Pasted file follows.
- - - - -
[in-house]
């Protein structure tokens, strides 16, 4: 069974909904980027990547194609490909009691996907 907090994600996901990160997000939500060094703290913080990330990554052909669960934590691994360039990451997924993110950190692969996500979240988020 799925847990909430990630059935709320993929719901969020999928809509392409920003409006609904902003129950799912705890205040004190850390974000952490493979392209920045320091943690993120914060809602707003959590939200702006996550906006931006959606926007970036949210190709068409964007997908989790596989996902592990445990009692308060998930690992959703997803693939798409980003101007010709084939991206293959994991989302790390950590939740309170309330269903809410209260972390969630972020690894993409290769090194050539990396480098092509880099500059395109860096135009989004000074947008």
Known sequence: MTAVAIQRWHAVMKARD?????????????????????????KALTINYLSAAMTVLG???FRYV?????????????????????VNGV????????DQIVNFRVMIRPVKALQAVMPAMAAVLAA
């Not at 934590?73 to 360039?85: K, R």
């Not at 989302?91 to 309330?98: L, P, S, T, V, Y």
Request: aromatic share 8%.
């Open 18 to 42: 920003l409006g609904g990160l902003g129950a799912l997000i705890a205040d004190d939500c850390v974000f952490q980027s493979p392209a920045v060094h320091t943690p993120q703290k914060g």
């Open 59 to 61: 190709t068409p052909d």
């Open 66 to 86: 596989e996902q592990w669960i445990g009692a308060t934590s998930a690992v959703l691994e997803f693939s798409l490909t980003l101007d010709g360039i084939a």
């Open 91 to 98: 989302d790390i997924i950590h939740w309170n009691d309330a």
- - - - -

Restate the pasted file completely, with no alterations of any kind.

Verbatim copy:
[in-house]
């Protein structure tokens, strides 16, 4: 069974909904980027990547194609490909009691996907 907090994600996901990160997000939500060094703290913080990330990554052909669960934590691994360039990451997924993110950190692969996500979240988020 799925847990909430990630059935709320993929719901969020999928809509392409920003409006609904902003129950799912705890205040004190850390974000952490493979392209920045320091943690993120914060809602707003959590939200702006996550906006931006959606926007970036949210190709068409964007997908989790596989996902592990445990009692308060998930690992959703997803693939798409980003101007010709084939991206293959994991989302790390950590939740309170309330269903809410209260972390969630972020690894993409290769090194050539990396480098092509880099500059395109860096135009989004000074947008």
Known sequence: MTAVAIQRWHAVMKARD?????????????????????????KALTINYLSAAMTVLG???FRYV?????????????????????VNGV????????DQIVNFRVMIRPVKALQAVMPAMAAVLAA
């Not at 934590?73 to 360039?85: K, R």
């Not at 989302?91 to 309330?98: L, P, S, T, V, Y």
Request: aromatic share 8%.
């Open 18 to 42: 920003l409006g609904g990160l902003g129950a799912l997000i705890a205040d004190d939500c850390v974000f952490q980027s493979p392209a920045v060094h320091t943690p993120q703290k914060g």
């Open 59 to 61: 190709t068409p052909d």
């Open 66 to 86: 596989e996902q592990w669960i445990g009692a308060t934590s998930a690992v959703l691994e997803f693939s798409l490909t980003l101007d010709g360039i084939a």
């Open 91 to 98: 989302d790390i997924i950590h939740w309170n009691d309330a």